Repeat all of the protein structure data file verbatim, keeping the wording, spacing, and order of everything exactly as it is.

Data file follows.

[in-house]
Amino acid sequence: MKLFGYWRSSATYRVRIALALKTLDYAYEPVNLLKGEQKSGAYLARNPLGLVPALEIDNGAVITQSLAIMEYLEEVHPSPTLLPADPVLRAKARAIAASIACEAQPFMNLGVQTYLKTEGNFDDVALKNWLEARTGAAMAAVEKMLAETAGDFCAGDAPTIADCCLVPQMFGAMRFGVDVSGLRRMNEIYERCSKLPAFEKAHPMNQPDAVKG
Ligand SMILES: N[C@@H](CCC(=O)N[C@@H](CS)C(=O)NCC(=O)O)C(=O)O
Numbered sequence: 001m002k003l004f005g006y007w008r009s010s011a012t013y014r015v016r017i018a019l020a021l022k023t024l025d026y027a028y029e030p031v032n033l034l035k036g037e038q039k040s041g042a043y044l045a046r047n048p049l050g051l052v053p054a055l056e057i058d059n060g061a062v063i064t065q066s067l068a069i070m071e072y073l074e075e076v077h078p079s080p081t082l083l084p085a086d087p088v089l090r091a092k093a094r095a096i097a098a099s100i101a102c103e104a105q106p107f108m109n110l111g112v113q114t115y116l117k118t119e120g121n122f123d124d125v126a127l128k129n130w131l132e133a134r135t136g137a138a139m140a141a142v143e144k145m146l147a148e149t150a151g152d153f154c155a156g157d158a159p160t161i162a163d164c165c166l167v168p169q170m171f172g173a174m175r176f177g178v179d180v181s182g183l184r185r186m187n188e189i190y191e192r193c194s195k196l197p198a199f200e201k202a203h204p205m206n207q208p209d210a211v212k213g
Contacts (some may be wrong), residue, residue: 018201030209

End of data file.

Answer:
[in-house]
Amino acid sequence: MKLFGYWRSSATYRVRIALALKTLDYAYEPVNLLKGEQKSGAYLARNPLGLVPALEIDNGAVITQSLAIMEYLEEVHPSPTLLPADPVLRAKARAIAASIACEAQPFMNLGVQTYLKTEGNFDDVALKNWLEARTGAAMAAVEKMLAETAGDFCAGDAPTIADCCLVPQMFGAMRFGVDVSGLRRMNEIYERCSKLPAFEKAHPMNQPDAVKG
Ligand SMILES: N[C@@H](CCC(=O)N[C@@H](CS)C(=O)NCC(=O)O)C(=O)O
Numbered sequence: 001m002k003l004f005g006y007w008r009s010s011a012t013y014r015v016r017i018a019l020a021l022k023t024l025d026y027a028y029e030p031v032n033l034l035k036g037e038q039k040s041g042a043y044l045a046r047n048p049l050g051l052v053p054a055l056e057i058d059n060g061a062v063i064t065q066s067l068a069i070m071e072y073l074e075e076v077h078p079s080p081t082l083l084p085a086d087p088v089l090r091a092k093a094r095a096i097a098a099s100i101a102c103e104a105q106p107f108m109n110l111g112v113q114t115y116l117k118t119e120g121n122f123d124d125v126a127l128k129n130w131l132e133a134r135t136g137a138a139m140a141a142v143e144k145m146l147a148e149t150a151g152d153f154c155a156g157d158a159p160t161i162a163d164c165c166l167v168p169q170m171f172g173a174m175r176f177g178v179d180v181s182g183l184r185r186m187n188e189i190y191e192r193c194s195k196l197p198a199f200e201k202a203h204p205m206n207q208p209d210a211v212k213g
Contacts (some may be wrong), residue, residue: 018201030209